Using Amazon S3 as a storage engine for Elvis 5
Info: This feature requires Elvis 5.1.1 or higher.
When running Elvis 5 within Amazon Web Services (AWS) it is possible to use S3 as a storage engine.
Note: This method replaces the shared-volume storage engine. Knowledge about setting up Amazon EC2 and S3 is required. This article briefly describes the steps needed to create such a setup, but will not go in-depth regarding AWS specifics.
When using Amazon S3 as a storage engine for Elvis, please take note of the following:
- When running the complete Elvis installation on AWS, Amazon S3 is the recommended storage solution. As well as being cost-effective, it ensures availability and proper performance.
- When running the Elvis installation in a non-Amazon environment (such as a local office or a data center), consider the network speed between the Elvis installation and Amazon S3 and how this relates to the speed of uploading and downloading assets:
- A slow connection to AWS is suitable only for storing archived files that are accessed on occasion
- A fast connection allows storing highly requested production files
- When using Amazon S3 as a storage engine, be aware that the feature that automatically creates an Elasticsearch backup by default references sharedDataLocation in its setting elasticsearch.backup.location. If the Search nodes will not have a file system based shared data location, the backup should be disabled.
Setup and configuration
Setting up Amazon S3 for use with Elvis 5 is a 3-step process:
- Setting up AWS
- Installing Elvis 5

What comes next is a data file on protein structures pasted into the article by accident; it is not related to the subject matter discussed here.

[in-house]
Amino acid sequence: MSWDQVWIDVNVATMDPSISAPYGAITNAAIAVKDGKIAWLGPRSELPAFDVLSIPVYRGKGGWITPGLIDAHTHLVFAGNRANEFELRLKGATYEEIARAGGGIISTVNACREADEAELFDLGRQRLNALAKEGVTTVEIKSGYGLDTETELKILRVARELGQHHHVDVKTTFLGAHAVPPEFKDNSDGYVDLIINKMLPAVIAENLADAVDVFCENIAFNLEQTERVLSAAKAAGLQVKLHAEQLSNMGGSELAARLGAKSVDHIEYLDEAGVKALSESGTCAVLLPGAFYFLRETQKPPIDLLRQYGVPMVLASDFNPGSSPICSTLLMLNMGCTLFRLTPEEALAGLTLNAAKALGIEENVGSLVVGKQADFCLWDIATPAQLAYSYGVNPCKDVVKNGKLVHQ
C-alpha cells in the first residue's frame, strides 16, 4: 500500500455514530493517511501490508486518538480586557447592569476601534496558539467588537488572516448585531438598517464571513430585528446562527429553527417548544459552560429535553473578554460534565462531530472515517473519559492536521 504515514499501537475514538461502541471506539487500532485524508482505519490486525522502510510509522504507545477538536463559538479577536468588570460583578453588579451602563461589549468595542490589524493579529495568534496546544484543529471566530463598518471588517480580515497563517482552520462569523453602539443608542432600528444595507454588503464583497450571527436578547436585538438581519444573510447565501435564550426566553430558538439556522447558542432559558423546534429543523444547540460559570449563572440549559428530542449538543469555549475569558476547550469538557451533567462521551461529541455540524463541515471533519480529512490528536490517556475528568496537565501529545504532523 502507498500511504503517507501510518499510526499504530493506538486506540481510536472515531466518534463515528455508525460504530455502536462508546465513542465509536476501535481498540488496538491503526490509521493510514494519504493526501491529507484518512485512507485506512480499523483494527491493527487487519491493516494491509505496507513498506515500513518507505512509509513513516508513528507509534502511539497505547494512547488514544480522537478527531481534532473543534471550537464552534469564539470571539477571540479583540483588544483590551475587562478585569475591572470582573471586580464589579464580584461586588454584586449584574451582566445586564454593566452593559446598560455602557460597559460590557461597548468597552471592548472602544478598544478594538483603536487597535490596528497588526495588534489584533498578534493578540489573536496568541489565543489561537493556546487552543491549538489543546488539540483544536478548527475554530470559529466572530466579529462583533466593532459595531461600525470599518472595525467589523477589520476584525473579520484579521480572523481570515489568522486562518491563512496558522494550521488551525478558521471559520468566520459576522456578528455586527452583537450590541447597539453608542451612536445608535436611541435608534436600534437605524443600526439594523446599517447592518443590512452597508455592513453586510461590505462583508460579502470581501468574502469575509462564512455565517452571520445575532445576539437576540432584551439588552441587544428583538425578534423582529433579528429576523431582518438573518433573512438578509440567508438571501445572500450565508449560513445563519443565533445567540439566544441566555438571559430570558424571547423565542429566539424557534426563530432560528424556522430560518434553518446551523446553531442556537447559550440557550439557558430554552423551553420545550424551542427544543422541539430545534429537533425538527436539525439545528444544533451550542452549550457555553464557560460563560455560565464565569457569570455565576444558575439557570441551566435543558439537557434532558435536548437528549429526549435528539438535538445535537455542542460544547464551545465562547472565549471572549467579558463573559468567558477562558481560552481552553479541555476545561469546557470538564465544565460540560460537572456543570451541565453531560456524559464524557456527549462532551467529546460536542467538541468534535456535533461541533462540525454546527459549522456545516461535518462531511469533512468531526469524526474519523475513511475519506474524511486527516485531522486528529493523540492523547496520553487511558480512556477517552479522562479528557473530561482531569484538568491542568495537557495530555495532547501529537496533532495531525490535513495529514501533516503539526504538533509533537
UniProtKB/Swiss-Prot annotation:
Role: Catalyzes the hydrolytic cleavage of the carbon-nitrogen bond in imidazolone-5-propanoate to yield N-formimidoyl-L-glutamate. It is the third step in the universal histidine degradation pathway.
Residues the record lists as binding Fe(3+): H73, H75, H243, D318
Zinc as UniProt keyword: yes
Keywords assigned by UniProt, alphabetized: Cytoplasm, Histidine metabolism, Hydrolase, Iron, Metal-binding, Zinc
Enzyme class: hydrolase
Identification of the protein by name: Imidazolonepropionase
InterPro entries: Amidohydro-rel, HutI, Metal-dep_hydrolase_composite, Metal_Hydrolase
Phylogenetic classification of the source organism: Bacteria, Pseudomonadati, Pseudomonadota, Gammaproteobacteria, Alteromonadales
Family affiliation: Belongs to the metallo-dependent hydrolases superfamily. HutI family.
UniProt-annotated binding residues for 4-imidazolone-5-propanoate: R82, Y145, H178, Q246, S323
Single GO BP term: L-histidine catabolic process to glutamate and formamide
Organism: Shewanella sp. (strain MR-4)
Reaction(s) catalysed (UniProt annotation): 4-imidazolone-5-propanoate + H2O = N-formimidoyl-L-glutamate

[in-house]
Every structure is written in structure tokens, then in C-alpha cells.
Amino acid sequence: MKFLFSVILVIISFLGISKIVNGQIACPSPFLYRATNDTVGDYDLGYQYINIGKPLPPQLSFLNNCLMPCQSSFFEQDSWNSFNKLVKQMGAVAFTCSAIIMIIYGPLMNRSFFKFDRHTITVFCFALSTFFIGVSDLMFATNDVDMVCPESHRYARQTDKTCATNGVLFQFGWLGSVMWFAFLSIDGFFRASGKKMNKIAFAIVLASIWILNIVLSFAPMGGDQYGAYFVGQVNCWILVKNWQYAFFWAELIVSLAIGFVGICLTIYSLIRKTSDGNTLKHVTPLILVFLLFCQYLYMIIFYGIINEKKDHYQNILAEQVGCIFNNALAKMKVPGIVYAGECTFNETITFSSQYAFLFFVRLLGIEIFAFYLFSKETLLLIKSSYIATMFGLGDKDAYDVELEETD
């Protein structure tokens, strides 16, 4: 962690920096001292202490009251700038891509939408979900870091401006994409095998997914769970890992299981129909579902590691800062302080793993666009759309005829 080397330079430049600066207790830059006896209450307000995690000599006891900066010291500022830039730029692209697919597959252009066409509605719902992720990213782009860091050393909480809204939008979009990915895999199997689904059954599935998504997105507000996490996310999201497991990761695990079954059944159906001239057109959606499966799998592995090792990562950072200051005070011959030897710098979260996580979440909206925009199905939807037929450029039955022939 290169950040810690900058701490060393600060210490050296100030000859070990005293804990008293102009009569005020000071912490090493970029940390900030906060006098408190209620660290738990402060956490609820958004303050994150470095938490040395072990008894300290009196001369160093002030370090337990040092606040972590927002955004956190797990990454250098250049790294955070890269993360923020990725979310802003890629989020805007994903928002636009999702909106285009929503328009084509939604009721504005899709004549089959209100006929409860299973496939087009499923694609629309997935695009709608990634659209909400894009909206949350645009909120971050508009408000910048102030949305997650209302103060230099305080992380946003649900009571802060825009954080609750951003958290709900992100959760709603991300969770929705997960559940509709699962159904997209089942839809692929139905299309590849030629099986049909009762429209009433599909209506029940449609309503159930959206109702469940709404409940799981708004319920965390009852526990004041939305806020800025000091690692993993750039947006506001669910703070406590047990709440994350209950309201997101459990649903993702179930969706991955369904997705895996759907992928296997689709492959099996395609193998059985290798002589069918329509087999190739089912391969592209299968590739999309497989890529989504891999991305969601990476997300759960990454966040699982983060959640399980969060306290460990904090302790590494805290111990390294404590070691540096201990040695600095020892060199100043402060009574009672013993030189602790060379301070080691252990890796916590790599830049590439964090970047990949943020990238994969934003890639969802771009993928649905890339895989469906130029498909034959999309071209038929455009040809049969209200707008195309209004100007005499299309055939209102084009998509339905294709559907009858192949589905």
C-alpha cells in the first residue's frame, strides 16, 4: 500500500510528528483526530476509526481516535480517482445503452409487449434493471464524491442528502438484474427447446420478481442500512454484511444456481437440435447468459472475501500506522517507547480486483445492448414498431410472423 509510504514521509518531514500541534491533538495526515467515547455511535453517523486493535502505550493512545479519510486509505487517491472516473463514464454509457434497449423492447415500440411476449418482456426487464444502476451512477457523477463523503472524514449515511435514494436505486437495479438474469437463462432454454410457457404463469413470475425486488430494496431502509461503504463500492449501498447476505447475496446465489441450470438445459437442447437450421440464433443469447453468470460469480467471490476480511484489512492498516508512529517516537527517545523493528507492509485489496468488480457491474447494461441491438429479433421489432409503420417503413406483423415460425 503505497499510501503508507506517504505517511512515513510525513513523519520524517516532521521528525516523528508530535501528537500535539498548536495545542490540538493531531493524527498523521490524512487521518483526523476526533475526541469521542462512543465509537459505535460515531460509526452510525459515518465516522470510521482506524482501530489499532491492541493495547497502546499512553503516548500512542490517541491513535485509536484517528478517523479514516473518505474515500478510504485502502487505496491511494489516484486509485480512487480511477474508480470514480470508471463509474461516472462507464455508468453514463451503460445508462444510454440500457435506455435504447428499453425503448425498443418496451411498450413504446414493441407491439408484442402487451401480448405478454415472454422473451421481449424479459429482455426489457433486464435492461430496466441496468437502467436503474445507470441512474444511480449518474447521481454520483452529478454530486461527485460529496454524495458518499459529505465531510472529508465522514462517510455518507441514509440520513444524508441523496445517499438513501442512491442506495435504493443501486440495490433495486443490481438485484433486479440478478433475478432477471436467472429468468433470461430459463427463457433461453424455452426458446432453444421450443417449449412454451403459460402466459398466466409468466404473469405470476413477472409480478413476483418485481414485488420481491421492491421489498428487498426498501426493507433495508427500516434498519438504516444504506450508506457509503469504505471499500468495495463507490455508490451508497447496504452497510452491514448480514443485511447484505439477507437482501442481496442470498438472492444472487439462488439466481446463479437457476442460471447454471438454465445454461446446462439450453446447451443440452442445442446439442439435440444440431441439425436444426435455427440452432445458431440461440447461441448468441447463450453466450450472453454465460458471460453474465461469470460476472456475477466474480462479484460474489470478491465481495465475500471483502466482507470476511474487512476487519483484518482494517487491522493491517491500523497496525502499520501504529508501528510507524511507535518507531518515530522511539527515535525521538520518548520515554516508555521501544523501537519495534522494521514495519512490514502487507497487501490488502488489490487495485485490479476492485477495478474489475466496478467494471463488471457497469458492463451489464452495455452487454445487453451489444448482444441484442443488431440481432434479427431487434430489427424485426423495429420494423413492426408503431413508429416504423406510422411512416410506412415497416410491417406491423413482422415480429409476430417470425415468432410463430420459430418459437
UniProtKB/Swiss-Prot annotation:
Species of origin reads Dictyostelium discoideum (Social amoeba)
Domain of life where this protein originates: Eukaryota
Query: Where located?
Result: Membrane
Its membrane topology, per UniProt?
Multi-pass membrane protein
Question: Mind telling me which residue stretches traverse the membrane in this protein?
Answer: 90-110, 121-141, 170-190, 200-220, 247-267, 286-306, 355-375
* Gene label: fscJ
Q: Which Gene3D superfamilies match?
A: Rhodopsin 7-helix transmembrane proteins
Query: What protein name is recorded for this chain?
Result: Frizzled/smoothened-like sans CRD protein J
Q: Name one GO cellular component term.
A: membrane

- Configuring Elvis
1. Setting up AWS
Step 1. Create a VPC (or re-use an existing one).
See the AWS documentation: Getting Started with Amazon VPC.
Step 2. Create a subnet within the created VPC (or re-use an existing one).
See the AWS documentation: Subnets in Your VPC.
Step 3. (Optional, only when using multiple nodes) Set up a load balancer (ELB).
See the AWS documentation: Getting Started With Elastic Load Balancing.
Note: Make sure that sticky sessions are turned ON.
Step 4. Set up an S3 bucket for use by Elvis.
See the AWS documentation: Getting Started with Amazon Simple Storage Service.
Step 5. Set up the security between nodes. Several ways of doing this exist, make sure that the following ports are open to Elvis and that TCP is chosen as the protocol:
- 5701 - 5710
- 9300 - 9301
- 80 or 443, depending on the use of https
Step 6. Create the first EC2 instance.
Note: The same hardware requirements apply as for on-premise installations. The following operating systems are supported:
2. Installing Elvis 5
The installation process is the same as for an on-premises installation. See Installing Elvis Server 5.x.
3. Configuring Elvis 5
On each node, configure specific Elvis S3 options. We recommend setting up a node completely and creating an AMI to speed up configuration of additional nodes.
Step 1. Configure the node-config.properties.txt file:
- cluster.join.tcpip.members. Fill in all internal IP’s of the nodes so that you do not have to use the .aws. settings.
- sharedDataLocation. Use fast _local_ storage.
- fileStoreType. Set it to local, otherwise it will wait until shared-date is mounted.
# Fill in all internal IP’s of the nodes, so you don’t have to use the .aws. settings cluster.join.tcpip.members= # Just used for S3 temp file storage, use fast _local_ storage sharedDataLocation= # Set it to local, otherwise it will wait until shared-date is mounted fileStoreType=local
Step 2. Configure the cluster-config.properties.txt file:
- storage.engine.type. Set to S3.
- storage.engine.s3.bucket. The name of your created elvis bucket.
- storage.engine.s3.endpoint. The S3 endpoint. For example: s3-eu-west-1.amazonaws.com.
- storage.engine.s3.accessKeyId. The S3 access key ID.
- storage.engine.s3.secretKey. The S3 secret key.
storage.engine.type=S3 # The name of your created elvis bucket storage.engine.s3.bucket= # S3 endpoint e.g. s3-eu-west-1.amazonaws.com storage.engine.s3.endpoint= # The s3 credentials storage.engine.s3.accessKeyId= storage.engine.s3.secretKey=
- 15 February 2017: Added a note to section 'Configuration considerations' about using Amazon S3 as a storage engine.
- 22 December 2016: Added note to section 1. 'Setting up AWS', opening ports about using TCP as the protocol to use.